Scientist hunts for 'monster DNA' in Loch Ness

Professor Neil Gemmell takes samples on his boat as he conducts research into the DNA present in the waters of Loch Ness in the Scottish Highlands. Tales and reported sightings of a giant creature in the waters have been around for over 1,500 years.
Professor Neil Gemmell takes samples on his boat as he conducts research into the DNA present in the waters of Loch Ness in the Scottish Highlands. Tales and reported sightings of a giant creature in the waters have been around for over 1,500 years.PHOTO: AGENCE FRANCE-PRESSE

INVERNESS (United Kingdom) • Tales of a giant creature lurking beneath the murky waves of Loch Ness have been around for more than 1,500 years - and one academic hopes the marvels of modern science can finally unravel the mystery.

Professor Neil Gemmell has travelled from the University of Otago in New Zealand to collect water samples in the Scottish lake, in the hope of finding out more about the creatures that inhabit its depths.

"Over 1,000 people claim that they have seen a monster. Maybe there is something extraordinary out there," he told AFP, as he dropped a five-litre probe into the loch. Prof Gemmell said he would be keeping an eye out for "monster DNA", but the project was more aimed at testing environmental DNA techniques to understand the natural world.

Local resident Adrian Shine said Prof Gemmell's findings could contribute to his own long-running research programme - The Loch Ness Project. The venture was itself inspired by the efforts of earlier international explorers like American Dan Scott Taylor who patrolled the loch in his Beatles-inspired Yellow Submarine in the late 1960s.

"I'm sure that some species will be found which have probably not been described. They're more likely than anything else to be bacteria," Mr Shine told AFP. "If you did find something else - and I do emphasise the 'if' - then you would actually get quite a good handle on what sort of creature, what class of animal, it is."

Theories abound about the true nature of the Loch Ness Monster - from a malevolent, shape-shifting "water horse", to an aquatic survivor of the dinosaur age, right down to logs, fish, wading birds or simply waves which have been blown out of all proportion.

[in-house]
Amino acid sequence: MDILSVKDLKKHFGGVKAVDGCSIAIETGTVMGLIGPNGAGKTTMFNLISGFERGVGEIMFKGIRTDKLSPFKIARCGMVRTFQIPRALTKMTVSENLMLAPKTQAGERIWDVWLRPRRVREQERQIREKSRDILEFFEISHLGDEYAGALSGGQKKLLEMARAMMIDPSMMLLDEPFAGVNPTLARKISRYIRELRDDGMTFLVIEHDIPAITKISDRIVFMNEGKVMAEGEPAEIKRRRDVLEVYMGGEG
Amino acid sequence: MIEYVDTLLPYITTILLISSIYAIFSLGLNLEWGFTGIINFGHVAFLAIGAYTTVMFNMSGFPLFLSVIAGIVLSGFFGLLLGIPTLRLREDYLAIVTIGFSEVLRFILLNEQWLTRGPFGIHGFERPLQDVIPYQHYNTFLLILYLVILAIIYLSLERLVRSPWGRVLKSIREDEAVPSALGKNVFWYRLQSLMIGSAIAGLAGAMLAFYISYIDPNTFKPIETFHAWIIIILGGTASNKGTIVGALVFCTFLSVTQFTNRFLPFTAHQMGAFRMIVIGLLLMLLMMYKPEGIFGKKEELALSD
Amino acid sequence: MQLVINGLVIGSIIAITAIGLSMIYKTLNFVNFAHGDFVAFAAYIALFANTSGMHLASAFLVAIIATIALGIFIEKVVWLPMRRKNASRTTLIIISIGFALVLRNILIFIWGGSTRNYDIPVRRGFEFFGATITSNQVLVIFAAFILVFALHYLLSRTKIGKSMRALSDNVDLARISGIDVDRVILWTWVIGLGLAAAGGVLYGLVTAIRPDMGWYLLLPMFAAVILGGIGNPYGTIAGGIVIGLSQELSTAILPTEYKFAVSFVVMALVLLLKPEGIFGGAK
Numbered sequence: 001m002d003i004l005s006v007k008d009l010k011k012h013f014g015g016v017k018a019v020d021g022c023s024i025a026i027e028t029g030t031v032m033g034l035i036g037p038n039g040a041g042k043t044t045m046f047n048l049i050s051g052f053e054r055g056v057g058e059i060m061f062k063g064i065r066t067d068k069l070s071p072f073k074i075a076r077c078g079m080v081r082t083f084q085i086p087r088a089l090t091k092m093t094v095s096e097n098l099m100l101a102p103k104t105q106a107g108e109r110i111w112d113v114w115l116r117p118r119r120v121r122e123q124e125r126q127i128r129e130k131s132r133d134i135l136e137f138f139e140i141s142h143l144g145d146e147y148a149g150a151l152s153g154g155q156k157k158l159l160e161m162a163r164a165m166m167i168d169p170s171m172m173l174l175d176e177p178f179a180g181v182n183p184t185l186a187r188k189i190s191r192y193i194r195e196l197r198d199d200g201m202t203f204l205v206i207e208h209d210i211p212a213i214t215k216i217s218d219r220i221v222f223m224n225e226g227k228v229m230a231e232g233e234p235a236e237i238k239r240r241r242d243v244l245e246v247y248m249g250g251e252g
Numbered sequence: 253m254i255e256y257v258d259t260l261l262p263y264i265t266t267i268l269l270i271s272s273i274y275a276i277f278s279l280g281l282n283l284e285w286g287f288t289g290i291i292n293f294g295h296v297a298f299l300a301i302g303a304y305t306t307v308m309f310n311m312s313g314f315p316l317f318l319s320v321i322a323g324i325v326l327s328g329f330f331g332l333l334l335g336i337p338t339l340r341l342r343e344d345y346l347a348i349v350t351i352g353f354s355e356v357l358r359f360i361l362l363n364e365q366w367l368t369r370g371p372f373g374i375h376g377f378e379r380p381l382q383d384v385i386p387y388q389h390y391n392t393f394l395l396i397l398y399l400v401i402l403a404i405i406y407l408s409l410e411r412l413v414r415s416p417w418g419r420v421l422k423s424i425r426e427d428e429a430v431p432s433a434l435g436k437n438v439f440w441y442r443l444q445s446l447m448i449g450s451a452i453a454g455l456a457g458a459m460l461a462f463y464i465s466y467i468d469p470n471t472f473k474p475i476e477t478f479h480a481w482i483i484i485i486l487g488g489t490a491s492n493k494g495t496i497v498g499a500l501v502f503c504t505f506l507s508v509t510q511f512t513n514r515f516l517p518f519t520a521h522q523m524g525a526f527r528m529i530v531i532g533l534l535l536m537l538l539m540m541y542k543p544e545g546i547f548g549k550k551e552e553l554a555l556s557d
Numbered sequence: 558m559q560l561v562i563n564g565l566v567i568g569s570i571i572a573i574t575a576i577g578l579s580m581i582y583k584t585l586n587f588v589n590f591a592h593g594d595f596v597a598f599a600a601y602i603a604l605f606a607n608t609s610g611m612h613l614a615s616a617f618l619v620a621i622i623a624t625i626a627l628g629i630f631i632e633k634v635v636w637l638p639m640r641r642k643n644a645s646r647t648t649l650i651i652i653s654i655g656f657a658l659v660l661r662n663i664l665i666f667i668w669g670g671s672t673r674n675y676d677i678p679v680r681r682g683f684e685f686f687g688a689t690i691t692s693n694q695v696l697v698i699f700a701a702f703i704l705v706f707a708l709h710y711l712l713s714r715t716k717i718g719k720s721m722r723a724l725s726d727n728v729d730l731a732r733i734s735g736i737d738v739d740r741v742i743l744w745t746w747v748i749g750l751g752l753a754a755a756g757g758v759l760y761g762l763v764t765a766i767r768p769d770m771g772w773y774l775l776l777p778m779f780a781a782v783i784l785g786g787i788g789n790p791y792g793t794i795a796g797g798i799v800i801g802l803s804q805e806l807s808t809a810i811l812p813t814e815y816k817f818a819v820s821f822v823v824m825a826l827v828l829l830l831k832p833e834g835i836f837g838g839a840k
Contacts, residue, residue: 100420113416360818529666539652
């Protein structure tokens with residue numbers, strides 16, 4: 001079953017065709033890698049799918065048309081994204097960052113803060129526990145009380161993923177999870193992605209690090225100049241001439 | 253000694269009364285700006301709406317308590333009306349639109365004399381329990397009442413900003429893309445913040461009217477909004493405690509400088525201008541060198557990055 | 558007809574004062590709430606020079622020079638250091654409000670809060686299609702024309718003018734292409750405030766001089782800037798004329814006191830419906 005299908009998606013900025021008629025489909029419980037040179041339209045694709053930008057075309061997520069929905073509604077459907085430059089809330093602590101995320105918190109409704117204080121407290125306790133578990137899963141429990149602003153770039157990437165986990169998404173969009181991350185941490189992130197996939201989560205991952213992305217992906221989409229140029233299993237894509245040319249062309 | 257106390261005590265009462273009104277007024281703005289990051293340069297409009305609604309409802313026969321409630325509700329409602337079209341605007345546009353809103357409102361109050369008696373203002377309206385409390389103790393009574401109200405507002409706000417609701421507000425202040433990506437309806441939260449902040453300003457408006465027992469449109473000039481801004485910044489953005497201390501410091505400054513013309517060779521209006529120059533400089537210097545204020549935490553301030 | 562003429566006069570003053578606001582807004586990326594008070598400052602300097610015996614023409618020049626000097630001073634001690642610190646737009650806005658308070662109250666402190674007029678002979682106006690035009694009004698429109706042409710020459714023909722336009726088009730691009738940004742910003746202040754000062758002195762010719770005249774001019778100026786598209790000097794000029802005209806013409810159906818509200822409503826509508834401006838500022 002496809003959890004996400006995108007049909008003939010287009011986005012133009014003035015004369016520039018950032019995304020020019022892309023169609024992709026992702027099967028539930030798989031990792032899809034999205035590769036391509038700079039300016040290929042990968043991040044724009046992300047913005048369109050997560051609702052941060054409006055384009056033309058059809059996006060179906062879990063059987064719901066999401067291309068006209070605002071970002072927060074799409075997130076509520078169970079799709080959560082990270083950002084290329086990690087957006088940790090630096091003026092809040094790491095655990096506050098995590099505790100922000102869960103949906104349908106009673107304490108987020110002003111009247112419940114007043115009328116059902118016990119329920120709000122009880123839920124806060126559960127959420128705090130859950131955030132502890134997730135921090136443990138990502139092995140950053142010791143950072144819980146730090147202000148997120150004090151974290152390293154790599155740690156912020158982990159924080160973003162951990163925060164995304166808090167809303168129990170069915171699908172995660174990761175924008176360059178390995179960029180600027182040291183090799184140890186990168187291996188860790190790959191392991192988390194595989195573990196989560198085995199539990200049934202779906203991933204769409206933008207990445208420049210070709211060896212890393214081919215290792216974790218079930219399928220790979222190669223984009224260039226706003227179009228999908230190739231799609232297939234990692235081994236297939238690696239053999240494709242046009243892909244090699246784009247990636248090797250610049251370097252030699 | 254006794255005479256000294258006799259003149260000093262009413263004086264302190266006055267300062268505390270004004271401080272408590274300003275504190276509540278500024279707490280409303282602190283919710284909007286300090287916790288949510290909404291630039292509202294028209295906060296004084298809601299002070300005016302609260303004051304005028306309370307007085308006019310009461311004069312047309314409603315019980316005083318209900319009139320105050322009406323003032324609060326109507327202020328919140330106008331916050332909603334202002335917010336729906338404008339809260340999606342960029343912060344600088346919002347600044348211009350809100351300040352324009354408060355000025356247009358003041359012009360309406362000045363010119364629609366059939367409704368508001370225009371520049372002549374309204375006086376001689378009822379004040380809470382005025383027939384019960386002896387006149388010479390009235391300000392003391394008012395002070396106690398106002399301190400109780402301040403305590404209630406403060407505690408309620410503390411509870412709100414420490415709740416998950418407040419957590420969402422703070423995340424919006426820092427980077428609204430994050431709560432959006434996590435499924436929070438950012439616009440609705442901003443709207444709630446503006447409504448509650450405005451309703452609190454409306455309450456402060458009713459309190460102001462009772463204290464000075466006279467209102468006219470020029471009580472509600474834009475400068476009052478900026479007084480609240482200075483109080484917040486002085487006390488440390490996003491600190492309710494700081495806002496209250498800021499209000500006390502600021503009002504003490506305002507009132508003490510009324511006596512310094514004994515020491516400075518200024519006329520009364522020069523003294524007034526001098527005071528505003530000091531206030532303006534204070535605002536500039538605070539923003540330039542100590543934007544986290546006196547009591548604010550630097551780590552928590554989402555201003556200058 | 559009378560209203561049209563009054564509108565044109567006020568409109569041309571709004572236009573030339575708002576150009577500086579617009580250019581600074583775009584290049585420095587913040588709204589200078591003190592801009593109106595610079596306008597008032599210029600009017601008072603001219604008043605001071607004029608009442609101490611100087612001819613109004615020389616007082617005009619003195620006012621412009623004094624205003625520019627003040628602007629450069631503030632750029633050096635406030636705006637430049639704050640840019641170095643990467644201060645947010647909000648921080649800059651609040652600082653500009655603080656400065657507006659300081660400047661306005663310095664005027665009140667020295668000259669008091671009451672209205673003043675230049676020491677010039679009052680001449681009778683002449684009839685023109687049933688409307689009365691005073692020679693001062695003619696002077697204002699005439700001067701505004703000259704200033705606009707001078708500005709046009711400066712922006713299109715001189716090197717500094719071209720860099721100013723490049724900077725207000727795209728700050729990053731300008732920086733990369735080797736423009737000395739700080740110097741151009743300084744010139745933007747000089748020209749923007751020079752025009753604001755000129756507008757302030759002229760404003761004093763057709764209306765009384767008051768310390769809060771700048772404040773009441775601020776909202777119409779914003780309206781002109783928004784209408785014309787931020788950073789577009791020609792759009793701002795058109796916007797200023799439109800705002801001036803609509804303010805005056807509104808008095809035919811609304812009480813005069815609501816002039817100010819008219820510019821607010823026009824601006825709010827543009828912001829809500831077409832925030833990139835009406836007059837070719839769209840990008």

UNRAVELLING THE MYSTERY

Over 1,000 people claim that they have seen a monster. Maybe there is something extraordinary out there.

PROFESSOR NEIL GEMMELL

"Anything that you see on the loch that you don't understand can be your Loch Ness Monster on that day," Mr Shine said.

The earliest chronicles of a creature are attributed to Saint Columba, who brought Christianity to Scotland in the sixth century.

The last reported sighting was on March 26 this year by a US couple standing on the ramparts of the majestic ruin of Urquhart Castle. "They described a large shadow moving under the water which they estimated to be around 30 feet in length," said Mr Dave Bell, skipper of the Nessie Hunter tourist boat. "Last year we had a record number of sightings: 11 in total."

Mr Bell has never seen anything himself in his many years on the loch, but that does not shake his belief that there is something down there. "I find it hard to believe that over 1,000 people can be wrong," he said.

Teacher Andrea Ferguson, 56, who is from Saint Louis, Missouri, took a trip on Nessie Hunter to try to catch sight of the monster which has fascinated her since childhood. "So many sightings have been made that there may be a little truth to the Loch Ness Monster," she told AFP.

AGENCE FRANCE-PRESSE

A version of this article appeared in the print edition of The Straits Times on June 18, 2018, with the headline 'Scientist hunts for 'monster DNA' in Loch Ness'. Print Edition | Subscribe